On a recent trip to Sephora, that modern mecca of overpriced cosmetics, I spent two hours turning through aisles stuffed with every makeup product imaginable: brow pencils, dry shampoos, glycolic acid peels. When I took a final turn and found myself outside the store, I felt light with hope that the $40 highlighting stick I now owned would imbue me with a Cate Blanchett-like glow on the daily. (But also I mostly felt light because I had shed $200 less between the time I entered the store and the time I left.)
So, of course the exact thing I wanted to know is that women wear more makeup than is considered “attractive” by both men and other women, according to researchers from Bangor University and Aberdeen University in the U.K. “Women are likely wearing cosmetics to appeal to the mistaken preferences of others. These mistaken preferences seem more tied to the perceived expectancies of men, and, to a lesser degree, of women,” the researchers write in a forthcoming study in the Quarterly Journal of Experimental Psychology. (On a slight tangent, having someone find you less attractive after you’ve put on a full face of makeup is somehow worse than when someone doesn’t even notice you’re wearing any makeup at all.)
The researchers took “before” photographs of 44 self-identified white women with freshly-washed faces, then gave the women various cosmetic products and instructed them to make themselves up as if they were getting ready to go out for the night. The researchers then showed a series of 21 photos documenting the women in increasingly heavy amounts of makeup to 44 Bangor University students, who were instructed to choose the photo they found the most attractive. The students were also instructed to rate the photo they thought most men would find attractive, as well as the one most women would like.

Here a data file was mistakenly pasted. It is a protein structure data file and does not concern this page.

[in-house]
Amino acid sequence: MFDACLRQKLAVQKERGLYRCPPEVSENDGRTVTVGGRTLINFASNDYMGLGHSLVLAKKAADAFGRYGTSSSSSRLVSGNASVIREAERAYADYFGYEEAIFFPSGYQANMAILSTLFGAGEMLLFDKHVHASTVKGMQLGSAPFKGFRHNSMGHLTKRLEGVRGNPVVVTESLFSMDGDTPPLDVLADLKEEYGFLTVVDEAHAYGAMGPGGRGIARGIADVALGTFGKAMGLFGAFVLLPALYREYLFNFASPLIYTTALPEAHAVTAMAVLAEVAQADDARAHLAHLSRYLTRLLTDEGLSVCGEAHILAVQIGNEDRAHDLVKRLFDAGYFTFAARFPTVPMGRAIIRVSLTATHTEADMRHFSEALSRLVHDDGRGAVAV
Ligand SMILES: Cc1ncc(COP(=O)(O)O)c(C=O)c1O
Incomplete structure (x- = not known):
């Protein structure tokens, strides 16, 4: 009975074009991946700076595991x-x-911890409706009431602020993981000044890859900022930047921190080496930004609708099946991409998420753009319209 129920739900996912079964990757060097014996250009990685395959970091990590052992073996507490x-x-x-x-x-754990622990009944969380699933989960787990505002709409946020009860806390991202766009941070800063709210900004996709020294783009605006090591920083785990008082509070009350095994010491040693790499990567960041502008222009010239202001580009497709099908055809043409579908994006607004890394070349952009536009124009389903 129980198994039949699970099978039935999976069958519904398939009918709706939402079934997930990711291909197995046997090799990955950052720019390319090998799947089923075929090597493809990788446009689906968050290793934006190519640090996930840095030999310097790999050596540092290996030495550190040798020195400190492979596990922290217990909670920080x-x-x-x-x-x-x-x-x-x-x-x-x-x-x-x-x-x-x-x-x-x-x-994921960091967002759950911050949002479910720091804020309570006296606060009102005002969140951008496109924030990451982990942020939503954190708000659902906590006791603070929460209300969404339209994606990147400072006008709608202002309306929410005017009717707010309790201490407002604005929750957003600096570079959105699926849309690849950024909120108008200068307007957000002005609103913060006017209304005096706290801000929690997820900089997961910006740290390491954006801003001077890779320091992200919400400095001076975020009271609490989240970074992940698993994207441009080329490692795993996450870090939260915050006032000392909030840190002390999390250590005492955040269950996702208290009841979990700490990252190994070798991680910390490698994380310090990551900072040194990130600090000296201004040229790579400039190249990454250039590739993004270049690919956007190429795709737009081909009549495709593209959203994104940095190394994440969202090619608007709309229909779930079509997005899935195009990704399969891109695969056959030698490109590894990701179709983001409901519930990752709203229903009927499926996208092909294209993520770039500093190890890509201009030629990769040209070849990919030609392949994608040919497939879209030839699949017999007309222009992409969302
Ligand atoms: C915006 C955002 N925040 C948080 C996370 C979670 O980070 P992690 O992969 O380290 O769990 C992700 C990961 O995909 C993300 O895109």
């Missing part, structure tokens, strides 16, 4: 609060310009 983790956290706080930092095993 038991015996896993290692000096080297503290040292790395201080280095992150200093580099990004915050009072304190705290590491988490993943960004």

The results: Men and women both preferred the women who were wearing about 60 percent of the makeup they ended up applying. However, both male and female participants thought the male subjects would find the women more attractive when they wore more makeup, although that was still only about 80 percent of the makeup the women actually wore.
What does this tell us, exactly? Pretty much nothing. For one thing, all the women instructed to make themselves up had similar profiles, in that they were all white and in their early 20s. For another, the women were instructed to put on makeup as if they were going out for the night, the key point here being that night makeup is, by necessity, much more dramatic than day makeup, because you can’t see half of it, because it’s night. So, obviously, it’s going to run the risk of looking slightly garish when shot under normal lighting.
The moral here: Wear as much makeup as makes you feel good. If that means no makeup, great. If it means night makeup during the day, knock yourself out. Just go easy on the powder:
[h/t The Atlantic]